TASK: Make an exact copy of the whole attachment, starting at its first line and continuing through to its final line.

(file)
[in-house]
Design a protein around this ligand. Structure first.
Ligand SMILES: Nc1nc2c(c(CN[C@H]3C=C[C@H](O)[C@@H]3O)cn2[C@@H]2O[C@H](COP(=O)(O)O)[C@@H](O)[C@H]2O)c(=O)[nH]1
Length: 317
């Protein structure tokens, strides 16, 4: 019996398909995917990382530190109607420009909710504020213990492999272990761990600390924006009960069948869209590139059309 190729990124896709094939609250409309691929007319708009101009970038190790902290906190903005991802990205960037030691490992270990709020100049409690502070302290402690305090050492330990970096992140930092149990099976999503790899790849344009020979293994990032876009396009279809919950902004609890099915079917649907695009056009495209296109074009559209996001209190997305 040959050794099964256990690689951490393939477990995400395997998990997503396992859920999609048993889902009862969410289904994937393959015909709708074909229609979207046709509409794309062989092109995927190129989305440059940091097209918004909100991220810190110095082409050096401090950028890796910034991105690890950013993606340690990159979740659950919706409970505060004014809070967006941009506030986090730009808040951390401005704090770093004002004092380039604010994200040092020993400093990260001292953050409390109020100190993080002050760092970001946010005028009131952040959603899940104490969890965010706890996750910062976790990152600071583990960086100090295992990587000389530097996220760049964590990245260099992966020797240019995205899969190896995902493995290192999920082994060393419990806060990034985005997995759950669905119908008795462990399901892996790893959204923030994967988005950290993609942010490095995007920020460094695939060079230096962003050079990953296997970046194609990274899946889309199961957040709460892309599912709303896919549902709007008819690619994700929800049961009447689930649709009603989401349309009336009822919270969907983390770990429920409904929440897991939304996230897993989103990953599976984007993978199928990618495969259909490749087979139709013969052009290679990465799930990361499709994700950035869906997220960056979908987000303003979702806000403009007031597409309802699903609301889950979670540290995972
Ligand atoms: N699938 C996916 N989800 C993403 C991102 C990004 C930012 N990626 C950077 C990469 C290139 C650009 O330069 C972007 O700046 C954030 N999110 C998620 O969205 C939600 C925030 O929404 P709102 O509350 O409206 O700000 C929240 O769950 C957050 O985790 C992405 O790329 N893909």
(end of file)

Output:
[in-house]
Design a protein around this ligand. Structure first.
Ligand SMILES: Nc1nc2c(c(CN[C@H]3C=C[C@H](O)[C@@H]3O)cn2[C@@H]2O[C@H](COP(=O)(O)O)[C@@H](O)[C@H]2O)c(=O)[nH]1
Length: 317
């Protein structure tokens, strides 16, 4: 019996398909995917990382530190109607420009909710504020213990492999272990761990600390924006009960069948869209590139059309 190729990124896709094939609250409309691929007319708009101009970038190790902290906190903005991802990205960037030691490992270990709020100049409690502070302290402690305090050492330990970096992140930092149990099976999503790899790849344009020979293994990032876009396009279809919950902004609890099915079917649907695009056009495209296109074009559209996001209190997305 040959050794099964256990690689951490393939477990995400395997998990997503396992859920999609048993889902009862969410289904994937393959015909709708074909229609979207046709509409794309062989092109995927190129989305440059940091097209918004909100991220810190110095082409050096401090950028890796910034991105690890950013993606340690990159979740659950919706409970505060004014809070967006941009506030986090730009808040951390401005704090770093004002004092380039604010994200040092020993400093990260001292953050409390109020100190993080002050760092970001946010005028009131952040959603899940104490969890965010706890996750910062976790990152600071583990960086100090295992990587000389530097996220760049964590990245260099992966020797240019995205899969190896995902493995290192999920082994060393419990806060990034985005997995759950669905119908008795462990399901892996790893959204923030994967988005950290993609942010490095995007920020460094695939060079230096962003050079990953296997970046194609990274899946889309199961957040709460892309599912709303896919549902709007008819690619994700929800049961009447689930649709009603989401349309009336009822919270969907983390770990429920409904929440897991939304996230897993989103990953599976984007993978199928990618495969259909490749087979139709013969052009290679990465799930990361499709994700950035869906997220960056979908987000303003979702806000403009007031597409309802699903609301889950979670540290995972
Ligand atoms: N699938 C996916 N989800 C993403 C991102 C990004 C930012 N990626 C950077 C990469 C290139 C650009 O330069 C972007 O700046 C954030 N999110 C998620 O969205 C939600 C925030 O929404 P709102 O509350 O409206 O700000 C929240 O769950 C957050 O985790 C992405 O790329 N893909």